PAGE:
Indeed. Here’s how I approach this challenge.
- Charting is pretty basic in Airtable but if you have good data, you can make it look pretty useful to analysts and managers with very little effort and fully integrated.
- Mapping is also pretty basic and despite good data, it won’t put a dent in any location science usability.
- In mapping and charting, analytics (i.e., crunched data) is key - I call this viz-ready or report-ready data. It is typically summations, aggregations, etc where some degree of data science has been applied to elevate the data to tell deeper stories or explain causal outcomes.
- I use a number of platforms to blend data science into Airtable and there’s no shortage of posts from me about this topic. Some of them are actually driven by Script Blocks like this one which allows data science solutions and machine learning to exist wholly within Airtable.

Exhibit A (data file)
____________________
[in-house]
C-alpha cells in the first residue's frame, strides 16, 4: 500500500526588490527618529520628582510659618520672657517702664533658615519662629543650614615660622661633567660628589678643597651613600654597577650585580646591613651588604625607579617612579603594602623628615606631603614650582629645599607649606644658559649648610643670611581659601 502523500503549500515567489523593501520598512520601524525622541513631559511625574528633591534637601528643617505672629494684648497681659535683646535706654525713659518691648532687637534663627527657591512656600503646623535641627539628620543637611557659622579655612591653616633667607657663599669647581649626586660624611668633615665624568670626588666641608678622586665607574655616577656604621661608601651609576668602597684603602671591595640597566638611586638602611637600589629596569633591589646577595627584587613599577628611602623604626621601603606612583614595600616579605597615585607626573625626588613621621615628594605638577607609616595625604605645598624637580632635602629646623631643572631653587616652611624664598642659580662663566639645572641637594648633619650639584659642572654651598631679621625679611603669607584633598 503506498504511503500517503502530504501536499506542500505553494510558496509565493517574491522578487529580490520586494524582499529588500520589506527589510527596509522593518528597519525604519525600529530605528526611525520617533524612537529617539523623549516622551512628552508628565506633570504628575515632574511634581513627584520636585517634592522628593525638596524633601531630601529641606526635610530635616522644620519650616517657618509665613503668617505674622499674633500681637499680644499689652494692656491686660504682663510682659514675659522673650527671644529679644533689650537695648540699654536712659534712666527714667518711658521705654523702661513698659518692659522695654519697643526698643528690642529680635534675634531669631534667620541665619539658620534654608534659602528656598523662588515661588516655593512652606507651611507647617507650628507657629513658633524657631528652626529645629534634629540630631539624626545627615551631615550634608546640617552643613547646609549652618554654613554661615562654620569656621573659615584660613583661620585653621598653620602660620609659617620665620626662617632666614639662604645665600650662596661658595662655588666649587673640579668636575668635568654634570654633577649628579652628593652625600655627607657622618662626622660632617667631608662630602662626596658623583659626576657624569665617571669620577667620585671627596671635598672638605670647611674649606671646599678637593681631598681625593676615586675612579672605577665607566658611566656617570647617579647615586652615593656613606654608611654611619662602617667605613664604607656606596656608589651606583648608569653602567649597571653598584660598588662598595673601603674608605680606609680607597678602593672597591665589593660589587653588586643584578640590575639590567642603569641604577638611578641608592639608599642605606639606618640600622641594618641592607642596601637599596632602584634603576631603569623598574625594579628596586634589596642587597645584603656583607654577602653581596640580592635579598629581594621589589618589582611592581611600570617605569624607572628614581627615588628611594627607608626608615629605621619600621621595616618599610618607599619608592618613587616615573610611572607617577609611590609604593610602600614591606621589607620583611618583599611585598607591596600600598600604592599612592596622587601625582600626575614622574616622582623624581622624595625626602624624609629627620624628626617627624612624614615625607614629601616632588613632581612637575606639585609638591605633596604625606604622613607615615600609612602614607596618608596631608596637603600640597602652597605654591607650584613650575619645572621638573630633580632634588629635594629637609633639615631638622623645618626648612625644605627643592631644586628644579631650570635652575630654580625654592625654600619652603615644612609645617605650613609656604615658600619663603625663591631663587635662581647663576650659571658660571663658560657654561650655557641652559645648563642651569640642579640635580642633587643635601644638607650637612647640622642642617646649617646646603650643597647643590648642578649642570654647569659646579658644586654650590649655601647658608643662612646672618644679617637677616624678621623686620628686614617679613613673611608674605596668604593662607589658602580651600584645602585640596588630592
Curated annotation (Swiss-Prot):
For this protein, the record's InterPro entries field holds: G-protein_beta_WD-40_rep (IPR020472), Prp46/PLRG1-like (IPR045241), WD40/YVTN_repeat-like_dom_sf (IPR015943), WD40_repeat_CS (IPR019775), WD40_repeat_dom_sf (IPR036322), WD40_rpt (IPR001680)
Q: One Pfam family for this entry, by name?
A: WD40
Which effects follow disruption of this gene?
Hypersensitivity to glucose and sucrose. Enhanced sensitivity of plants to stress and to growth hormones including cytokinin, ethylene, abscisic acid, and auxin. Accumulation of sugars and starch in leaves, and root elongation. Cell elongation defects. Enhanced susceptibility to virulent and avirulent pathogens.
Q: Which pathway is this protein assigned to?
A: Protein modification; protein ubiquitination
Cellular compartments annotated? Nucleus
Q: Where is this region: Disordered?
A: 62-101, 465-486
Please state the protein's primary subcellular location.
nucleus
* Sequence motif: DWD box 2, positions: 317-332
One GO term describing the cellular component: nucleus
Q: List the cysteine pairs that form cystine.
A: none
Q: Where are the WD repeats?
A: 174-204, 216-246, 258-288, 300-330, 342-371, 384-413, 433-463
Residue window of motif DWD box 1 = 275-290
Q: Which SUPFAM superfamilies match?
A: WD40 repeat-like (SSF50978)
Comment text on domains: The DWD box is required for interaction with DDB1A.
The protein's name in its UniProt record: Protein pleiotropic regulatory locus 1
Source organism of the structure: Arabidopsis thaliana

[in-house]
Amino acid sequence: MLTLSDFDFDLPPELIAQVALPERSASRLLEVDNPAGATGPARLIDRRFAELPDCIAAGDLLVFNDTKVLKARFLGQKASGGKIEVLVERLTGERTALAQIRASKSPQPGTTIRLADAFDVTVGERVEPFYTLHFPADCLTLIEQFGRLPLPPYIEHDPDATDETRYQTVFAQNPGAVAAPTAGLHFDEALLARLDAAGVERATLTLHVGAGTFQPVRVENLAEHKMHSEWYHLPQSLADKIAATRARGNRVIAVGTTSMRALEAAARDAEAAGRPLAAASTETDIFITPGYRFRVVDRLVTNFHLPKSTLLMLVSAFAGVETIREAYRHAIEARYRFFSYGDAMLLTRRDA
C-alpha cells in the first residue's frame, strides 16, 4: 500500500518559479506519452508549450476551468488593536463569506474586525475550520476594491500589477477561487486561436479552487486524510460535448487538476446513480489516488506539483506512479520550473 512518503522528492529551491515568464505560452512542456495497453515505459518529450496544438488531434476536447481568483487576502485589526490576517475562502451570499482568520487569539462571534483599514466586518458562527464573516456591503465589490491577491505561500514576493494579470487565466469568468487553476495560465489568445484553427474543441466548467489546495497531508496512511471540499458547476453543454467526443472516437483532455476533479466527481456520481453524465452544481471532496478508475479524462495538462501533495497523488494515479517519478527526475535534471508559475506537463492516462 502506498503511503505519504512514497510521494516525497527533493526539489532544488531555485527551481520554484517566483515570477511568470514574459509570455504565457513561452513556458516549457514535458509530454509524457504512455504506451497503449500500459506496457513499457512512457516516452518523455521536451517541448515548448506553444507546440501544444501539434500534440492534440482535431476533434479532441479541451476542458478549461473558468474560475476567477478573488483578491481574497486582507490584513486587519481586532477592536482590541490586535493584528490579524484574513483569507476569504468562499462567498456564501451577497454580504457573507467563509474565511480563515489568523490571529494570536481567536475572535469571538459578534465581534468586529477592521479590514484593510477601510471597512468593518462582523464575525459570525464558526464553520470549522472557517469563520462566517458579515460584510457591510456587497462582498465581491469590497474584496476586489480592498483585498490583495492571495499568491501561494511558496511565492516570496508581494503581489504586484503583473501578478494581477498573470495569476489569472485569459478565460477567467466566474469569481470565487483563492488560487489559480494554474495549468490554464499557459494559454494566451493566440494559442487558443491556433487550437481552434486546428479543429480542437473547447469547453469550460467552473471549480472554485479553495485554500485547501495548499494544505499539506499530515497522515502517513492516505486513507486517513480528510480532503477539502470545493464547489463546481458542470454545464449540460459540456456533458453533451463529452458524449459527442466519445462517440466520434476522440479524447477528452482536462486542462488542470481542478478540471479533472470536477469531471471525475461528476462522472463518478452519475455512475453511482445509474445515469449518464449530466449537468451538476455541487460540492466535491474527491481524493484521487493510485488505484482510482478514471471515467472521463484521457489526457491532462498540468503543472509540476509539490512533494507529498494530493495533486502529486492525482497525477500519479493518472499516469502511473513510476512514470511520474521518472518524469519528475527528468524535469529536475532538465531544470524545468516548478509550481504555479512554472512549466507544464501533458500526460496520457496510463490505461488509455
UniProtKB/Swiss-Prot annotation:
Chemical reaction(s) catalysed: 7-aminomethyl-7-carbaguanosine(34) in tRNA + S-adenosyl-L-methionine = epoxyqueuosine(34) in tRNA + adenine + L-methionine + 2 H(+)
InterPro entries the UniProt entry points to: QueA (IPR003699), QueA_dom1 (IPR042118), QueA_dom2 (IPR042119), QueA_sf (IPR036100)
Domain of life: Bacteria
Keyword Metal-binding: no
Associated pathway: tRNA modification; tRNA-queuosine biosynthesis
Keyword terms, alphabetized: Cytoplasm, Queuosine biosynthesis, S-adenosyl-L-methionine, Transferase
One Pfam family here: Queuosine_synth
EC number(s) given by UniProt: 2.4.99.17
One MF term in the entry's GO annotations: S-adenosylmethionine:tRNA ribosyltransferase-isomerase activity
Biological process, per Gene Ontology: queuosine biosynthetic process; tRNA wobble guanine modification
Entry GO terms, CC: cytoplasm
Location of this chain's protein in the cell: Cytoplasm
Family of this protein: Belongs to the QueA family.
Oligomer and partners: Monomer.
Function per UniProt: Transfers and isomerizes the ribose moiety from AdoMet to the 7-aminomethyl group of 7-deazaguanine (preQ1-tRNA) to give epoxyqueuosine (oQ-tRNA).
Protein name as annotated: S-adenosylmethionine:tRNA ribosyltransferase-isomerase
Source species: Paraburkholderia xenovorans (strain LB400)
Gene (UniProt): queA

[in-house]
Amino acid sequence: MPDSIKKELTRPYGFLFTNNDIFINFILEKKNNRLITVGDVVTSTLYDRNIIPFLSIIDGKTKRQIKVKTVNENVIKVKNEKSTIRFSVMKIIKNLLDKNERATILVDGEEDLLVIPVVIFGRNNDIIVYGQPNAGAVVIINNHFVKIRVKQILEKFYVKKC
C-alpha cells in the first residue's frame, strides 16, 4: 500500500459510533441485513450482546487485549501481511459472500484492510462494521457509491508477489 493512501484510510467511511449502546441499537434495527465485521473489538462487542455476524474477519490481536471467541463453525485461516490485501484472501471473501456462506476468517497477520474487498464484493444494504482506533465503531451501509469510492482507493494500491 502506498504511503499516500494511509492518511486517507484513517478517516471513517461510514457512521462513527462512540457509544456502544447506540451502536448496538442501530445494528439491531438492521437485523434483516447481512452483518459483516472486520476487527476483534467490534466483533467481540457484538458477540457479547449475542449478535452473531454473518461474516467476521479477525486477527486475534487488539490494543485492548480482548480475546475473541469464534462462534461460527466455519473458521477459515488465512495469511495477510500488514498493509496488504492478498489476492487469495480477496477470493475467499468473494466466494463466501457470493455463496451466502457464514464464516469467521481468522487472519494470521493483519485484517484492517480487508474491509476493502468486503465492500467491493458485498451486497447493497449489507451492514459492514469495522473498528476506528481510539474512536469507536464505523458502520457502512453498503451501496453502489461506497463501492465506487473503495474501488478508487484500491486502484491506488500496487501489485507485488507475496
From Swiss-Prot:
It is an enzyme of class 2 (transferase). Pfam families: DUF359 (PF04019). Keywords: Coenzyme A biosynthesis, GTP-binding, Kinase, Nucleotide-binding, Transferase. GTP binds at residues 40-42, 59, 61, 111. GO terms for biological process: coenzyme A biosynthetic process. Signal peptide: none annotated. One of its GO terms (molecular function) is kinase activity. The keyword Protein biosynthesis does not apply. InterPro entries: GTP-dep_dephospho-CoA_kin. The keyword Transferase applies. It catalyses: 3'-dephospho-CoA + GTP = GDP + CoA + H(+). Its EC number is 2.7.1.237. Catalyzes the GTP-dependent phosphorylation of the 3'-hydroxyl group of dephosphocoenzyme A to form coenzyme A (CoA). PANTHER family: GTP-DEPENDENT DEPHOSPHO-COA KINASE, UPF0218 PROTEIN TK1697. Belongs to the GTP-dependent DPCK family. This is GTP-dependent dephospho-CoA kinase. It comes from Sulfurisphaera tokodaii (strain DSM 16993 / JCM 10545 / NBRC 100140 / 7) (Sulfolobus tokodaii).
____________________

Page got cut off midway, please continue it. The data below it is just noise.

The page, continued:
The map shown below is 100% computationally dependent on a script block, but rendered as a custom Mapbox solution. It performs extensive geometries concerning distance and nearness of B2B and B2C cohorts.
Almost every one of these apps are driven by Airtable data.
I tend to steer clear of Tableau for a variety of reasons too many to touch on here - the biggest is how tightly it is tied into Microsoft and its ability to embrace web services and modern web architectures represent a retrofit into a long and storied past of desktop analytics.